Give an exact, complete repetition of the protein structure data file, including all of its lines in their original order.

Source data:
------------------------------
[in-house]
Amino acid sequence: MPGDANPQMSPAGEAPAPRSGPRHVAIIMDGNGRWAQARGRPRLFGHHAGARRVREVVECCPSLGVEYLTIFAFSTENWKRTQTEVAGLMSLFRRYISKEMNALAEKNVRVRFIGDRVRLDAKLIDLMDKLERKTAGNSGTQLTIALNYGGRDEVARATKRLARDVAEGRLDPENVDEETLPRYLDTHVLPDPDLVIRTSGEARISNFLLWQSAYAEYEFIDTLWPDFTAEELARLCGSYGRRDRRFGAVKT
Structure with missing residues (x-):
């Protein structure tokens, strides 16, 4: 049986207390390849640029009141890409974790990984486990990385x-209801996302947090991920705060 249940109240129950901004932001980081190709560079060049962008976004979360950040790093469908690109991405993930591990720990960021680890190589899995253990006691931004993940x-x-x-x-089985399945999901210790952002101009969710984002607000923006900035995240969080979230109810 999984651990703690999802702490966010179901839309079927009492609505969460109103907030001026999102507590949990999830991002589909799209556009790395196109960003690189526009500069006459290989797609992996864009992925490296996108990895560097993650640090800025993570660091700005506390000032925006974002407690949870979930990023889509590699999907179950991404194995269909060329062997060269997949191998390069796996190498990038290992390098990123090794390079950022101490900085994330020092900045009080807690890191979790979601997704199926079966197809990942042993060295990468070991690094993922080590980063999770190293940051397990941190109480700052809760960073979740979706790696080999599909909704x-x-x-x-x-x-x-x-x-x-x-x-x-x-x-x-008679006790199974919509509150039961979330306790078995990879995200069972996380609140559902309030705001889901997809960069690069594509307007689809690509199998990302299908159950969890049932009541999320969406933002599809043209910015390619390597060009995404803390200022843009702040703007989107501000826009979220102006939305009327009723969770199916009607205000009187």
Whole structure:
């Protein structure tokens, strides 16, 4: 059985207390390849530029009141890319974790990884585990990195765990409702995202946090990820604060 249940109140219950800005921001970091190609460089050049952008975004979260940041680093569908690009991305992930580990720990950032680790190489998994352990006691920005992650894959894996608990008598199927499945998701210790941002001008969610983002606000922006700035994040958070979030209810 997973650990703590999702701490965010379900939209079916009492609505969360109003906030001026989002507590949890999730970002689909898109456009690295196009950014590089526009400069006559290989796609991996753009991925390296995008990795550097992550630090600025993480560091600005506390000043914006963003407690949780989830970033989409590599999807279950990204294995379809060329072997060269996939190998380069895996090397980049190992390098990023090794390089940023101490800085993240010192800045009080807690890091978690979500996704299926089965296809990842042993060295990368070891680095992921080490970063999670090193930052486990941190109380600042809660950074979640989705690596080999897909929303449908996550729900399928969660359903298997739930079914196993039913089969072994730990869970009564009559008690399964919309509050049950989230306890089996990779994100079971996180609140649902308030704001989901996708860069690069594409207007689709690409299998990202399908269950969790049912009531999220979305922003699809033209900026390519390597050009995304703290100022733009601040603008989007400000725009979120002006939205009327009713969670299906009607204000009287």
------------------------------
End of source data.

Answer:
[in-house]
Amino acid sequence: MPGDANPQMSPAGEAPAPRSGPRHVAIIMDGNGRWAQARGRPRLFGHHAGARRVREVVECCPSLGVEYLTIFAFSTENWKRTQTEVAGLMSLFRRYISKEMNALAEKNVRVRFIGDRVRLDAKLIDLMDKLERKTAGNSGTQLTIALNYGGRDEVARATKRLARDVAEGRLDPENVDEETLPRYLDTHVLPDPDLVIRTSGEARISNFLLWQSAYAEYEFIDTLWPDFTAEELARLCGSYGRRDRRFGAVKT
Structure with missing residues (x-):
């Protein structure tokens, strides 16, 4: 049986207390390849640029009141890409974790990984486990990385x-209801996302947090991920705060 249940109240129950901004932001980081190709560079060049962008976004979360950040790093469908690109991405993930591990720990960021680890190589899995253990006691931004993940x-x-x-x-089985399945999901210790952002101009969710984002607000923006900035995240969080979230109810 999984651990703690999802702490966010179901839309079927009492609505969460109103907030001026999102507590949990999830991002589909799209556009790395196109960003690189526009500069006459290989797609992996864009992925490296996108990895560097993650640090800025993570660091700005506390000032925006974002407690949870979930990023889509590699999907179950991404194995269909060329062997060269997949191998390069796996190498990038290992390098990123090794390079950022101490900085994330020092900045009080807690890191979790979601997704199926079966197809990942042993060295990468070991690094993922080590980063999770190293940051397990941190109480700052809760960073979740979706790696080999599909909704x-x-x-x-x-x-x-x-x-x-x-x-x-x-x-x-008679006790199974919509509150039961979330306790078995990879995200069972996380609140559902309030705001889901997809960069690069594509307007689809690509199998990302299908159950969890049932009541999320969406933002599809043209910015390619390597060009995404803390200022843009702040703007989107501000826009979220102006939305009327009723969770199916009607205000009187």
Whole structure:
């Protein structure tokens, strides 16, 4: 059985207390390849530029009141890319974790990884585990990195765990409702995202946090990820604060 249940109140219950800005921001970091190609460089050049952008975004979260940041680093569908690009991305992930580990720990950032680790190489998994352990006691920005992650894959894996608990008598199927499945998701210790941002001008969610983002606000922006700035994040958070979030209810 997973650990703590999702701490965010379900939209079916009492609505969360109003906030001026989002507590949890999730970002689909898109456009690295196009950014590089526009400069006559290989796609991996753009991925390296995008990795550097992550630090600025993480560091600005506390000043914006963003407690949780989830970033989409590599999807279950990204294995379809060329072997060269996939190998380069895996090397980049190992390098990023090794390089940023101490800085993240010192800045009080807690890091978690979500996704299926089965296809990842042993060295990368070891680095992921080490970063999670090193930052486990941190109380600042809660950074979640989705690596080999897909929303449908996550729900399928969660359903298997739930079914196993039913089969072994730990869970009564009559008690399964919309509050049950989230306890089996990779994100079971996180609140649902308030704001989901996708860069690069594409207007689709690409299998990202399908269950969790049912009531999220979305922003699809033209900026390519390597050009995304703290100022733009601040603008989007400000725009979120002006939205009327009713969670299906009607204000009287």